Acute Radiating Low Back Pain After Olympic Lifting - Page #1
 

Author: Erek Latzka, MD
Co Author #1: Neelwant S. Sandhu MD
Editor: Shaun Spielman, MD

Patient Presentation:
A 24 year old male, former swimmer and soccer player, was referred by his primary care physician with 3 weeks of bilateral, right greater than left, radicular low back pain, which began acutely with a "pop" while deadlifting 450 lbs. The low back pain was constant, 6/10, throbbing, aching, and radiated to his right anterolateral thigh, lateral calf, and foot, and to his left lateral thigh and knee. The pain increased with sitting, but improved with standing and walking. He denied saddle anesthesia and bowel or bladder changes. His symptoms remained stable for 3 weeks, except for minimally increasing right lower extremity (RLE) weakness. Despite symptoms, he continued working as a waiter.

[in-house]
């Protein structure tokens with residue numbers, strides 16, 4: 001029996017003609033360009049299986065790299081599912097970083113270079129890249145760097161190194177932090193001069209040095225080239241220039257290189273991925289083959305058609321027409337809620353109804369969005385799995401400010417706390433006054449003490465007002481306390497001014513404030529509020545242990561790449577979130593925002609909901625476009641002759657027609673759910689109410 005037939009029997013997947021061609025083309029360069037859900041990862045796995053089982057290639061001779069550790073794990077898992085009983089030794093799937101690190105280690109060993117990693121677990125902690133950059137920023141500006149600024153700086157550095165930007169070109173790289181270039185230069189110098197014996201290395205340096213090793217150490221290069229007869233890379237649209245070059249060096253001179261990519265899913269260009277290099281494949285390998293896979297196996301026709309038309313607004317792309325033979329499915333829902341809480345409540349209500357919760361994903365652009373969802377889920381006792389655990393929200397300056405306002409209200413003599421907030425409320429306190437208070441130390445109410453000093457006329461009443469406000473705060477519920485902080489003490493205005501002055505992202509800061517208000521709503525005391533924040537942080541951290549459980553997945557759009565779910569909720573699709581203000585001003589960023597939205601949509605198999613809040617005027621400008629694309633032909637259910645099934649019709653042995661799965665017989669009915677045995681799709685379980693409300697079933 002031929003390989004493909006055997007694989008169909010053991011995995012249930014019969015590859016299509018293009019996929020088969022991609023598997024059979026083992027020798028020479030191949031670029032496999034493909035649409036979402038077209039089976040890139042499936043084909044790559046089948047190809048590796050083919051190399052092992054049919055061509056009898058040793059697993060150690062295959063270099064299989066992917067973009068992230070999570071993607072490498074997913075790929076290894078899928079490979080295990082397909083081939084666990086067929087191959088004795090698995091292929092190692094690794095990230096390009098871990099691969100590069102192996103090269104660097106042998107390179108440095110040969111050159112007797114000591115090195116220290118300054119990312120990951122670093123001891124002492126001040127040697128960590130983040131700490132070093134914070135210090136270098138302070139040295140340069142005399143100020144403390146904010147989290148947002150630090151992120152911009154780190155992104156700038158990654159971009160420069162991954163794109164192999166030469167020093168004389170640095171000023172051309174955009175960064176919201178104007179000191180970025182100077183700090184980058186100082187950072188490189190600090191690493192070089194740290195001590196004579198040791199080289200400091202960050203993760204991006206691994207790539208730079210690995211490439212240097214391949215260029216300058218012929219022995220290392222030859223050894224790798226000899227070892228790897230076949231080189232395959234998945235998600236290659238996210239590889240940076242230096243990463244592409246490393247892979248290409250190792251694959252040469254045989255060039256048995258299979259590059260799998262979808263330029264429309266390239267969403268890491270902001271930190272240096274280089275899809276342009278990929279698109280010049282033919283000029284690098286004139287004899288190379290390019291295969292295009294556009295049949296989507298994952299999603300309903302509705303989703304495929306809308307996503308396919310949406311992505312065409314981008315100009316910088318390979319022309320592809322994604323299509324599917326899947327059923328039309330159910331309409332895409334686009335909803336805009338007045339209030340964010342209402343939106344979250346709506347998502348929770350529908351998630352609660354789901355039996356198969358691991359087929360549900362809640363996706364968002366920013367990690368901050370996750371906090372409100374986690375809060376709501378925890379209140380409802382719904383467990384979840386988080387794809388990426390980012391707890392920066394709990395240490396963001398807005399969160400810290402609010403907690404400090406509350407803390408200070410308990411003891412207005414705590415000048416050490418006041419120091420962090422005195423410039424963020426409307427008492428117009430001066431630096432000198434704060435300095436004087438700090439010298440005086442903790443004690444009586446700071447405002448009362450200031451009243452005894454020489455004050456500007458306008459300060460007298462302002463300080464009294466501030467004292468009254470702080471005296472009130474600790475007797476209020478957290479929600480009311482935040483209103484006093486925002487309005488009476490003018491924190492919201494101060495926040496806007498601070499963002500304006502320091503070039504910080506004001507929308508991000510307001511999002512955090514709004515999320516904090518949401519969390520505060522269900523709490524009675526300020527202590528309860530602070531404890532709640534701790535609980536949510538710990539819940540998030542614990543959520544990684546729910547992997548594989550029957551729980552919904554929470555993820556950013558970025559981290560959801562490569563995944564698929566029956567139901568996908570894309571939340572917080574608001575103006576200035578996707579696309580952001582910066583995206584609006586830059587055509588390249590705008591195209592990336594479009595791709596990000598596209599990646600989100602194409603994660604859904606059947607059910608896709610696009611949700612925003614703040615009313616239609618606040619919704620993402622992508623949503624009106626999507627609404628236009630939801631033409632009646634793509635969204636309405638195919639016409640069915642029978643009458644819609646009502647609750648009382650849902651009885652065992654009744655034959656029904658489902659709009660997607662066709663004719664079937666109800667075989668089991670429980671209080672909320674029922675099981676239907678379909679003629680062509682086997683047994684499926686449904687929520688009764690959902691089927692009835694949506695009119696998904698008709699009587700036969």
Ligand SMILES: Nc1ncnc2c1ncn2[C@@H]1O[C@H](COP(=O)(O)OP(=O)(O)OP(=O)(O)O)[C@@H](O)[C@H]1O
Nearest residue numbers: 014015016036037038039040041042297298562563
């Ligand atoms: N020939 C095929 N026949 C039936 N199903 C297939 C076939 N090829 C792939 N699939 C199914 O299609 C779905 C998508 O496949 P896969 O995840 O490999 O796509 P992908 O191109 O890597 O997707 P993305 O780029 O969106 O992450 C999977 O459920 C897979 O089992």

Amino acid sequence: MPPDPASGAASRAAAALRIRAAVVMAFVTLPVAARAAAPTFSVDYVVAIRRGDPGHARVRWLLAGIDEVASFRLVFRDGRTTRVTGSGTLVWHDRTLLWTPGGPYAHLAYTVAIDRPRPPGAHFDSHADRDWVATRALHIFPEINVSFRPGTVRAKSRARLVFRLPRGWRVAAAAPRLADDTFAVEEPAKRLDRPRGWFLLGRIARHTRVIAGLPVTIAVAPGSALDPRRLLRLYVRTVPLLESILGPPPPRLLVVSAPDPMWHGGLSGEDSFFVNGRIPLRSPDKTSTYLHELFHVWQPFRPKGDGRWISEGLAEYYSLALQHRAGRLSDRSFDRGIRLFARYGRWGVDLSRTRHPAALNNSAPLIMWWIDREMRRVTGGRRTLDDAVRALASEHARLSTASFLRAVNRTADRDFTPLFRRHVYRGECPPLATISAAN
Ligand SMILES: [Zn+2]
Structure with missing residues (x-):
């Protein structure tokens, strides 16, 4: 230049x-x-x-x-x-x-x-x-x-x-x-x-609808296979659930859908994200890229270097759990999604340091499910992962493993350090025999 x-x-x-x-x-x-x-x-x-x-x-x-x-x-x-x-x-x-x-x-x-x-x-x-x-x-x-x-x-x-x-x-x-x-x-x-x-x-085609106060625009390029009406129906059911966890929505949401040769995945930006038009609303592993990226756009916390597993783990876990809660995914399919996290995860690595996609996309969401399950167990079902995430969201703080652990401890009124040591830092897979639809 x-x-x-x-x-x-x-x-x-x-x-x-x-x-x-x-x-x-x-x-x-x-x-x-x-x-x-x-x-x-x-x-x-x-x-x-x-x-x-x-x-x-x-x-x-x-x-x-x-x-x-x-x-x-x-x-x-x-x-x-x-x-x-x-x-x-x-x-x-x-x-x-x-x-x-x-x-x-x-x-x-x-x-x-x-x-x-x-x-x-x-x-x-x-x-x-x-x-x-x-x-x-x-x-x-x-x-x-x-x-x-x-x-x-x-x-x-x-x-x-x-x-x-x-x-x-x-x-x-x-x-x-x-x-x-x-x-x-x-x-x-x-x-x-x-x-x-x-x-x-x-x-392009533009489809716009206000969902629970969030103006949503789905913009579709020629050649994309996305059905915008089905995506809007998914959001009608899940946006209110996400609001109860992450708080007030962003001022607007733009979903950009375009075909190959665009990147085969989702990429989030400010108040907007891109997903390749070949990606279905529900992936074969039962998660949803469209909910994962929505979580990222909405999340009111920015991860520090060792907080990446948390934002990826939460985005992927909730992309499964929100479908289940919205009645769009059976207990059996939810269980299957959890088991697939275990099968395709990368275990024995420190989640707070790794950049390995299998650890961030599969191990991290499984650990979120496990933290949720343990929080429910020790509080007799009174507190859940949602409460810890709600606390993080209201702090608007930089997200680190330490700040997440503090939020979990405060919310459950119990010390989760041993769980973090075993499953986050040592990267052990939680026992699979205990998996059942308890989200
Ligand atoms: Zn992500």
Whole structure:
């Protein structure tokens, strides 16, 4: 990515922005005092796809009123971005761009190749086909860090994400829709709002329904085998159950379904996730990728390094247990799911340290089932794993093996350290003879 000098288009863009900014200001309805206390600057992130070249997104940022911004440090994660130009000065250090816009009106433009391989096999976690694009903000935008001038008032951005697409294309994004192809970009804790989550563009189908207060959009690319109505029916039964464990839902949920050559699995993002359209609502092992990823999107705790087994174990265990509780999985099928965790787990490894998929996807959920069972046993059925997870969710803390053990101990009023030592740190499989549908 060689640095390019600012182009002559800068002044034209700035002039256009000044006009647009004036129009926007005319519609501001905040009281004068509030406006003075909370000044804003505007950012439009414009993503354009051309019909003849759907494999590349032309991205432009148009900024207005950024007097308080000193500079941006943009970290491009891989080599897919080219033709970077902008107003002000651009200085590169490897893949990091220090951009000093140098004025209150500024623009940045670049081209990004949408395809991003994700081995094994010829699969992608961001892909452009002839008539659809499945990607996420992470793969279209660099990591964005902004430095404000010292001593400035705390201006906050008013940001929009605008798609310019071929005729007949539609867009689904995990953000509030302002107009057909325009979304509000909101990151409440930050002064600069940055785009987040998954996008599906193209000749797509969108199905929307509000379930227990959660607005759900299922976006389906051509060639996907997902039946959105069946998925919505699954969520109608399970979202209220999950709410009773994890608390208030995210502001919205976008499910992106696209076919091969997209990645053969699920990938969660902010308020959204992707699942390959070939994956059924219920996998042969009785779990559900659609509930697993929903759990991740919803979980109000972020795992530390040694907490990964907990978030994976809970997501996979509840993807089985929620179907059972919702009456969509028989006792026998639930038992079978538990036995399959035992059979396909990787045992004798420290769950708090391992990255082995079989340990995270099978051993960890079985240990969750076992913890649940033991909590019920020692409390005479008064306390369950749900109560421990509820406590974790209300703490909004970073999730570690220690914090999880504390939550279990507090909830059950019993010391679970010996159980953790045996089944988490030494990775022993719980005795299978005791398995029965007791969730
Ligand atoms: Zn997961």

History:
No significant past medical history.

Physical Exam:
General: Average height, muscular build
ROM: Neutral lumbar alignment with decreased range of motion (ROM) limited by pain. Hip ROM normal.
Strength: Left lower extremity (LLE) full strength. RLE strength decreased, with 4/5 hip abduction, 4-/5 big toe extension, and 4-/5 dorsiflexion.
Functional testing: Difficulty performing 5 heel raises on right. Right foot slap when heel walking.
Special tests: Straight leg raise producing pain down posterior thighs bilaterally at 45 degrees.
Sensation: intact to light touch and pin prick in L1-S2 dermatomes.
Reflexes: Patella and Achilles 1+ bilaterally. Negative Babinski. No clonus.

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